Warning signs are not being replaced

April 11, 2002|BY SCOTT BUTKI and Kim Yakowski

Despite concerns by some law enforcement officials and residents, Washington County officials don't plan to replace "Children at Play" and similar warning signs as they deteriorate.

The signs no longer are recognized by the state and may provide residents with a "false sense of security," Washington County Public Works Director Gary Rohrer said last week.

The county is not actively removing signs, Rohrer said. But over the past five years, as signs have become worn, the county has taken them down and not replaced them, he said.

Street signs are regulated by the Manual on Uniform Traffic Control Devices, a national document written into Maryland law, Rohrer said. The manual no longer recognizes the signs as legitimate, he said.


Washington County Sheriff Charles Mades said he thinks the signs are a good idea.

"Every sign has a purpose, and they're an educational tool," Mades said.

"If the sign slows down one person, they're worthwhile," he said

County officials couldn't provide the cost of a new street sign.

Hagerstown's engineering designer, Tim Young, said having a few signs posted might slow some drivers. But he said if the city were to erect signs in each area with children, there would be so many signs that the warning would lose its effect.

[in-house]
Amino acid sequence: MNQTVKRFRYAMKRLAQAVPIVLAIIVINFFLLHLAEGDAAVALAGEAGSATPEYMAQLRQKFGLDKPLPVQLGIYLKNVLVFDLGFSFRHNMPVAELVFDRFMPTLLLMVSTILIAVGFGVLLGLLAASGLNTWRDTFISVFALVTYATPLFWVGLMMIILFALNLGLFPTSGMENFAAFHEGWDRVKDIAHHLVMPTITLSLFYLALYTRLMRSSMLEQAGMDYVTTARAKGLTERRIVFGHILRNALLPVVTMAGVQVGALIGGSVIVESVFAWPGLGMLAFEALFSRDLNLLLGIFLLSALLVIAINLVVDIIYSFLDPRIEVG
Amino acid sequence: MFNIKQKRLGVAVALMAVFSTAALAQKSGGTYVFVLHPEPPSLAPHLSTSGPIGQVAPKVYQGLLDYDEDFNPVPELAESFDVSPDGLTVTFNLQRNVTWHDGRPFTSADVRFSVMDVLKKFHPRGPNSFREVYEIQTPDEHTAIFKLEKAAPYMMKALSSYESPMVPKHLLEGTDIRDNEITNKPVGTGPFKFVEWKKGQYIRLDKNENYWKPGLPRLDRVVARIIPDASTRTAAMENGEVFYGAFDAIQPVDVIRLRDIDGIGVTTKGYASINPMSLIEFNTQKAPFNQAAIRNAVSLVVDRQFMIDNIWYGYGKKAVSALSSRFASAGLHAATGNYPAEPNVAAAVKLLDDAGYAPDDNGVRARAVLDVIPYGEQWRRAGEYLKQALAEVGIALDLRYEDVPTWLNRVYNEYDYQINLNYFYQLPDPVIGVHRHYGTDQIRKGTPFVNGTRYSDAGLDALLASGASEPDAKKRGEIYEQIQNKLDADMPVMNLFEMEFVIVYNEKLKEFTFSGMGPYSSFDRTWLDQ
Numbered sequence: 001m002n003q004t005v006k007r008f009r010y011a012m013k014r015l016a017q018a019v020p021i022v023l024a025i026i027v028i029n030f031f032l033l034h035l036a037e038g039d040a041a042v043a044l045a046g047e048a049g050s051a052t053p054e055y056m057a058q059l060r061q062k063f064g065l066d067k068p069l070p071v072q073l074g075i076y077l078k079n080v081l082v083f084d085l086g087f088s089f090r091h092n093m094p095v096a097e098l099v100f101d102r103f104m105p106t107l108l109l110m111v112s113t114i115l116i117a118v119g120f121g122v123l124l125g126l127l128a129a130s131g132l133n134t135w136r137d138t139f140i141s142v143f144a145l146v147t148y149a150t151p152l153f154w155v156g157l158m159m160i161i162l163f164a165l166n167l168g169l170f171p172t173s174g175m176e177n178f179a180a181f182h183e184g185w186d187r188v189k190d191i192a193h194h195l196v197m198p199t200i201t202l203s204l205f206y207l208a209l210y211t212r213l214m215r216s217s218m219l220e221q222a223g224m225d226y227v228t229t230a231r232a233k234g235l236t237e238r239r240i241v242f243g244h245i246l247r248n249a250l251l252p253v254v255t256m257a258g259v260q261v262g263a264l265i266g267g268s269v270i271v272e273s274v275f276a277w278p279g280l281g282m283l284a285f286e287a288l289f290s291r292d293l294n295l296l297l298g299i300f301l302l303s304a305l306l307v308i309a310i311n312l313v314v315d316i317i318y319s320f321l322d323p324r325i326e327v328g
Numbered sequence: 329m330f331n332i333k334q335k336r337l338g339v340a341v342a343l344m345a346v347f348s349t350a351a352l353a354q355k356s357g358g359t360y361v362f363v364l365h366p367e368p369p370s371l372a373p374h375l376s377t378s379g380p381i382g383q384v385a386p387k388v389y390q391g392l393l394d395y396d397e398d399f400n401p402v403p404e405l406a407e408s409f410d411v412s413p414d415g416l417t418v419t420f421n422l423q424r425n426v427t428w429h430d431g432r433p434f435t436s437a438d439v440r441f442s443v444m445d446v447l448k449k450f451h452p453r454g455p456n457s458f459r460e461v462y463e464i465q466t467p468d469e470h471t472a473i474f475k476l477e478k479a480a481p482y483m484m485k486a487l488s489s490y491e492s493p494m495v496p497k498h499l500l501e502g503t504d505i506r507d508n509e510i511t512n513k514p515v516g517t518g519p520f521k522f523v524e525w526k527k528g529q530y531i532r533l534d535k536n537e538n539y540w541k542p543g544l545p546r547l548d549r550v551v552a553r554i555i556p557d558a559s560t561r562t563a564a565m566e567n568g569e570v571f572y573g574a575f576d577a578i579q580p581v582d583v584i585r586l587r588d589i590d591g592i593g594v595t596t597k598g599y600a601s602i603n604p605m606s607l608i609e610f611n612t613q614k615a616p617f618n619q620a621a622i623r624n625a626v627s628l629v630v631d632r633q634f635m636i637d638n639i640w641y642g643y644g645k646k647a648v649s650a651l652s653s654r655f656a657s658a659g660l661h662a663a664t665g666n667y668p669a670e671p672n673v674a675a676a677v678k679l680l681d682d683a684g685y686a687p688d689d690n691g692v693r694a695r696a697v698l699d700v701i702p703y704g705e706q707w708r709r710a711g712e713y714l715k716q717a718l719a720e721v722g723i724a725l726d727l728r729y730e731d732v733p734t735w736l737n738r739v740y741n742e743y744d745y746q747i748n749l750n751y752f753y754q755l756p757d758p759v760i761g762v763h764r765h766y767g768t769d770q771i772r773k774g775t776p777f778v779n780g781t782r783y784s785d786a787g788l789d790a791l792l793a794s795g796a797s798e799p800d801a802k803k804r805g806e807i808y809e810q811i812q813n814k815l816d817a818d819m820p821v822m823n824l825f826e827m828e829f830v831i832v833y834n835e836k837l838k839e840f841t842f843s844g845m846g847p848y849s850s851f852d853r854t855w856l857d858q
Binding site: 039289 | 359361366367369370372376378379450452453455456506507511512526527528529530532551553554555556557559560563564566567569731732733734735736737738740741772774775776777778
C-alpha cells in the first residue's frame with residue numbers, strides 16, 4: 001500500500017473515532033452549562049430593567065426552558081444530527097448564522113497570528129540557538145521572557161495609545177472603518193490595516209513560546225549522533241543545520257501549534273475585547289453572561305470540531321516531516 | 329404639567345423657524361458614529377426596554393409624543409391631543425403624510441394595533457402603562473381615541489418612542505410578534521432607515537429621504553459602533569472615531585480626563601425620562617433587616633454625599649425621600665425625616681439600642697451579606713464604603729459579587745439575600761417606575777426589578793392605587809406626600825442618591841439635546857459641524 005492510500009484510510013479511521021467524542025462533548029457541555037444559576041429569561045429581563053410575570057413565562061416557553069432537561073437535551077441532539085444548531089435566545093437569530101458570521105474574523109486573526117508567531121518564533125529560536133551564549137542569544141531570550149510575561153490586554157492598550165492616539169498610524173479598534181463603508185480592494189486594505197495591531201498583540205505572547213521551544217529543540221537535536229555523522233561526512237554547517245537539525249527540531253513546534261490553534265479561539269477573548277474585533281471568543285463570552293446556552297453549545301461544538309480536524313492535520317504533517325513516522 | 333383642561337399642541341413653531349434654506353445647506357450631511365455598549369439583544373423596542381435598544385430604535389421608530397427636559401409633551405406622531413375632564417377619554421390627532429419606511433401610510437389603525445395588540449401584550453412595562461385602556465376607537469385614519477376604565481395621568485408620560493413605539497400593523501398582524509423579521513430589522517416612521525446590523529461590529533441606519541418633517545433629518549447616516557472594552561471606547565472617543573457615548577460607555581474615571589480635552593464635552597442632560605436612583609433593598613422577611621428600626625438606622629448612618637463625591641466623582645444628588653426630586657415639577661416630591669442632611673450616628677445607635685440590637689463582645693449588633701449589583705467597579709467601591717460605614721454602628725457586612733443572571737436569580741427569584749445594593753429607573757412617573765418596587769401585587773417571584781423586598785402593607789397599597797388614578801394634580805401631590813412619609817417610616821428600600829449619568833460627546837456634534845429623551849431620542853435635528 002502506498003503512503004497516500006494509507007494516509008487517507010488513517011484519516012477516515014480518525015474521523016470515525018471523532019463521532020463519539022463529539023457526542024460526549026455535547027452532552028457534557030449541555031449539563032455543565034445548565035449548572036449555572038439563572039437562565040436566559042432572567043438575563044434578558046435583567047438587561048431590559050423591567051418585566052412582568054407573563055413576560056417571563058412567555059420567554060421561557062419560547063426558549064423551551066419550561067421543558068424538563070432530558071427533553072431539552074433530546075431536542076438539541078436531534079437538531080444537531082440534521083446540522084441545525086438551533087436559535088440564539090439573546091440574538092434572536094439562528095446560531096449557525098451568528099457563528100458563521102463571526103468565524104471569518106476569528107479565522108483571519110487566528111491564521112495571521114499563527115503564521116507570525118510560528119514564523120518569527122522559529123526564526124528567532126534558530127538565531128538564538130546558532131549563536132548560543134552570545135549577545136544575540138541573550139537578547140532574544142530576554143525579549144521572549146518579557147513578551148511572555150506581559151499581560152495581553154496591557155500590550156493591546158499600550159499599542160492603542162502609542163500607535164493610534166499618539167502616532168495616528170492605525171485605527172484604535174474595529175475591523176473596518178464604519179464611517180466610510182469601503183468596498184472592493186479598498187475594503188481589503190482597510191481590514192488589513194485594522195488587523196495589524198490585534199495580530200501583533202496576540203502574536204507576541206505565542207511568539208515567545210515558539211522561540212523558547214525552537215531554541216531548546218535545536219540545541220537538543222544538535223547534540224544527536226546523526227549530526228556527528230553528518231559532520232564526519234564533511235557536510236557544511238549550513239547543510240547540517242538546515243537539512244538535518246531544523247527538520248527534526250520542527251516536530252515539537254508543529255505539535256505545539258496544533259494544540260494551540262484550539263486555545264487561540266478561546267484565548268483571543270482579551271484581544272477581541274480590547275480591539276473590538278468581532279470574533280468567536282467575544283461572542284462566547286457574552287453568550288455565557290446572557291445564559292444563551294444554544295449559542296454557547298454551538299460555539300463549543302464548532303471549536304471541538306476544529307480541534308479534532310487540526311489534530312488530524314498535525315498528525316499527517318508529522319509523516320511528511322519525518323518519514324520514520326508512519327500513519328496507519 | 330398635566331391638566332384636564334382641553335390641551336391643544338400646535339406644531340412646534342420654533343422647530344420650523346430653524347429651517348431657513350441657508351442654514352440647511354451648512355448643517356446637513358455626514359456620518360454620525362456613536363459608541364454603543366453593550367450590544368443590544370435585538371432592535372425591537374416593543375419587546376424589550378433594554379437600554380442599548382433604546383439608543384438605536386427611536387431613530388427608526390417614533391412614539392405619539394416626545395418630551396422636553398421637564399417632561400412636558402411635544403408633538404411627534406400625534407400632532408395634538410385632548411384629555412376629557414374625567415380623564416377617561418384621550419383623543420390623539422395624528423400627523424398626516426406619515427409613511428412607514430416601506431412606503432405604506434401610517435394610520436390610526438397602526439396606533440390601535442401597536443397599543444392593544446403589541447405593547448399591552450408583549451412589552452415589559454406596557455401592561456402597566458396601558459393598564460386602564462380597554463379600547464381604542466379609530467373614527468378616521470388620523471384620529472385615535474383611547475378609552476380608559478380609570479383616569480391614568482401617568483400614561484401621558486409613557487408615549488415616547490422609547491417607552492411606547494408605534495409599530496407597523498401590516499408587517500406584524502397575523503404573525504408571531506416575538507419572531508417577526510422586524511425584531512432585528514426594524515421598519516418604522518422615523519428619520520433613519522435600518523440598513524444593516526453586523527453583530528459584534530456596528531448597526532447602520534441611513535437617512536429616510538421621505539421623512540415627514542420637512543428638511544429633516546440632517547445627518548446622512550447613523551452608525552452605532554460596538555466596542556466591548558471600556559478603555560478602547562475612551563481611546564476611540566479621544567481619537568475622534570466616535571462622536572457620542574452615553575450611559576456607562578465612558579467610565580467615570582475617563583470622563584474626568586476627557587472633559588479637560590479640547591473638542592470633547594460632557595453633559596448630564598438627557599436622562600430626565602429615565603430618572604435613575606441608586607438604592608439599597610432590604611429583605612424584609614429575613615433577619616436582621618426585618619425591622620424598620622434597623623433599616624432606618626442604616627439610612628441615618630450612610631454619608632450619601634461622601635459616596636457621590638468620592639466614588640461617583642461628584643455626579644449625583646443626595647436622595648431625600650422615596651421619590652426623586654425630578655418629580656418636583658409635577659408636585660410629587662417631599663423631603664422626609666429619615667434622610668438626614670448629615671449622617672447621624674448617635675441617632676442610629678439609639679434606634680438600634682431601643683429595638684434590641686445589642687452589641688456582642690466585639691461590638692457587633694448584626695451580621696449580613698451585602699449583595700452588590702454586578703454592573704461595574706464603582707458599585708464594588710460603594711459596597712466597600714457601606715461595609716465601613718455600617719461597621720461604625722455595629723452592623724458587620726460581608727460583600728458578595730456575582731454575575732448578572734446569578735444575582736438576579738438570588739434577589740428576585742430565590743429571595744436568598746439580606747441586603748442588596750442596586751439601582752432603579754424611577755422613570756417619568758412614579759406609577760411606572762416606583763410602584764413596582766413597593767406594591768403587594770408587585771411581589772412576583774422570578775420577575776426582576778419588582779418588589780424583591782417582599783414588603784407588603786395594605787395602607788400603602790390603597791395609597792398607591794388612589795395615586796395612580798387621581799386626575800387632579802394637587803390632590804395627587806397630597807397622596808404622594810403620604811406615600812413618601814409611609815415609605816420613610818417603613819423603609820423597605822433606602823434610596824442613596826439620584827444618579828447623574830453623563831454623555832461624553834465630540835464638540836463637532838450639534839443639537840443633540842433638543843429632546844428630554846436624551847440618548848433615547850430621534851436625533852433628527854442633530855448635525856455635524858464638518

Rohrer said he did not know how many of the signs remain in the county or how many have been removed.

The signs sometimes are left in areas no longer populated by children. If drivers know this, they are less likely to pay attention to any of the warning signs, County Engineer Terry McGee said.

"The signs give a false sense of security to those in the neighborhood that it's safe for our children to play in or near the streets and roads," he said.

Mades dismissed the idea that residents would think it was OK to let their children play in the street simply because a warning sign was posted.

The signs also can protect adult pedestrians, so they are beneficial even if there no longer are children in a specific area, he said.

In an age of cell phones and sophisticated car stereos, drivers easily can be distracted, making "Children at Play" signs a valuable reminder, said Hagerstown City Police Capt. Charles Summers.

"It protects the whole community," Summers said. "It might be luxury, but it doesn't hurt."

The issue arose at a meeting of the Boonsboro Town Council when Town Manager Jake Jones told the council that the county no longer was putting up the warning signs.

The Town Council wanted to put several "Children At Play" signs in three developments, Jones said.

Jones said he does not see any harm in posting signs because they serve as a warning to drivers.

Alarmed at the speed at which drivers were traveling on Railroad Lane in Smithsburg, residents appealed to the Town Council to have a "Children at Play" warning sign installed.

The town installed the sign a few months ago, and Amy Cottrill, who lives on Railroad Lane, said she feels safer.

"It's helped a lot. Before, they were tearing up the alley," Cottrill said.

Smithsburg has a similar warning sign on Maple Avenue.

The signs are yellow, which means caution, and drivers do seem to slow down, Smithsburg Police Chief Mike Potter said.

"I think having the signs up is a pretty good idea because it does give a warning to motorists that there are children there," Potter said. "Hopefully, it's not a false sense of security. It does help to advise motorists of potential children."

Rohrer said police and town officials are entitled to their opinions, but they are not traffic engineers.

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